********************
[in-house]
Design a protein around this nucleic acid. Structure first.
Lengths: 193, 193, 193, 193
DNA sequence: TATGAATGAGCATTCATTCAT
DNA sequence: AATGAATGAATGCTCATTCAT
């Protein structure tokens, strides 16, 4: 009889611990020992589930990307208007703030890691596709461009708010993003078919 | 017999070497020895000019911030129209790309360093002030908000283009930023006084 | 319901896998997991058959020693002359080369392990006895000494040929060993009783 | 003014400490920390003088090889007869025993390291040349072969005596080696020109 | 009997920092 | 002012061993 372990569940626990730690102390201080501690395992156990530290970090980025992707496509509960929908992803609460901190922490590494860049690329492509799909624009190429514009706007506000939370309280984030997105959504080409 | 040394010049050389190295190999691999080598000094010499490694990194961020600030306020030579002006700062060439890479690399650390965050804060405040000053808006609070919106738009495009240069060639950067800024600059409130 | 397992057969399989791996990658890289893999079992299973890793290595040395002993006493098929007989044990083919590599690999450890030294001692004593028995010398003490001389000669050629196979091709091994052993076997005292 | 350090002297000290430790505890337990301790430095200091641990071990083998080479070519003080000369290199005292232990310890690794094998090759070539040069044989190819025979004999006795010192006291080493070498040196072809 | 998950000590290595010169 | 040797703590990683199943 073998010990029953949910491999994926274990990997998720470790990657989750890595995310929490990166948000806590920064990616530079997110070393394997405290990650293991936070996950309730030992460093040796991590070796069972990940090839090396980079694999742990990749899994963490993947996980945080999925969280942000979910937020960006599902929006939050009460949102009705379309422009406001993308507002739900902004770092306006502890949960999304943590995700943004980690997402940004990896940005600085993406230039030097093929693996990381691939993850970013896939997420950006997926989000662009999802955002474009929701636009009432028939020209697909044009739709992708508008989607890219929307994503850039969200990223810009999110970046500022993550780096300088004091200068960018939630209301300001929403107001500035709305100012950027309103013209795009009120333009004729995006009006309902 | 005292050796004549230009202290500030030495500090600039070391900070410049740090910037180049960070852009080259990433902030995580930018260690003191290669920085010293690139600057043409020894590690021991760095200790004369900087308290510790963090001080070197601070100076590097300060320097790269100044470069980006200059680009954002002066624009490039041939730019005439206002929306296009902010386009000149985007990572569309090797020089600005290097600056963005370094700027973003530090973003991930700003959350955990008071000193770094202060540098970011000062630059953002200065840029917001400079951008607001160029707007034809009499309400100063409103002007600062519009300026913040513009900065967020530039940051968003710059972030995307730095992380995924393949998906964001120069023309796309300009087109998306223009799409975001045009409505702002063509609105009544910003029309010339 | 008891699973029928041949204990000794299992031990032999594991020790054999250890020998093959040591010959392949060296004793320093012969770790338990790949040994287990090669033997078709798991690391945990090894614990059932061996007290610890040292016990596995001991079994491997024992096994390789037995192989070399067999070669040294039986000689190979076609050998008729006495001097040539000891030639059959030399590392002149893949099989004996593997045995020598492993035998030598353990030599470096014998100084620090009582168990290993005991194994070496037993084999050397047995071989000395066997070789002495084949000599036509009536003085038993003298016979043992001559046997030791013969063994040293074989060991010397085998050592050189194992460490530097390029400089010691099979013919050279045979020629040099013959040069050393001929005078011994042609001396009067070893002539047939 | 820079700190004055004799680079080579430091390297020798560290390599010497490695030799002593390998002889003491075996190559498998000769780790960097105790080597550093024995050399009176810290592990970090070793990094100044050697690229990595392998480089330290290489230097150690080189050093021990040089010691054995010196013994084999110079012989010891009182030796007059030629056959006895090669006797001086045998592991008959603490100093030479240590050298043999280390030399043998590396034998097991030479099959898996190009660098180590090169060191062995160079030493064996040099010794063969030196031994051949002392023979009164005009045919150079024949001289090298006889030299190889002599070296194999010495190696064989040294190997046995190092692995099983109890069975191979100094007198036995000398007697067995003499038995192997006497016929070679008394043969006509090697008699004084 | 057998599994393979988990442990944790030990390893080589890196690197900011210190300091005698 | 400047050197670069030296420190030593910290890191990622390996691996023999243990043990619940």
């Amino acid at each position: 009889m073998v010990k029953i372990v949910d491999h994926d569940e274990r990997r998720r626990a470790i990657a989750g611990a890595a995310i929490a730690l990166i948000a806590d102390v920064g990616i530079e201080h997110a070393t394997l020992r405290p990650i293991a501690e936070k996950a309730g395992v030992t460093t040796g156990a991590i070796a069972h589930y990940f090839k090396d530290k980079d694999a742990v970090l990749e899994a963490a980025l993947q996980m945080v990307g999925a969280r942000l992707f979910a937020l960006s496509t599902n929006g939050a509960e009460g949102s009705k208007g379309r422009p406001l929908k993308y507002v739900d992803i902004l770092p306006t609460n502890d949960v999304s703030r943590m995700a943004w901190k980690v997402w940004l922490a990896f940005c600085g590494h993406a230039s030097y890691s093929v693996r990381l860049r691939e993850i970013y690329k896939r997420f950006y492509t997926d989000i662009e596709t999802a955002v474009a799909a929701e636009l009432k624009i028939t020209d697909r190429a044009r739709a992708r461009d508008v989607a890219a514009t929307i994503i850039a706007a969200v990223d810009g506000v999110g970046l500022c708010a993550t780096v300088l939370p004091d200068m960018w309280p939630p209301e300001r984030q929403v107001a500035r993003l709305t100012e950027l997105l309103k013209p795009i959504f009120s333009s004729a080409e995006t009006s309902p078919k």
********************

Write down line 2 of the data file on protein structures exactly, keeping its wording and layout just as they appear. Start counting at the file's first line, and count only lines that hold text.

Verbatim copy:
Design a protein around this nucleic acid. Structure first.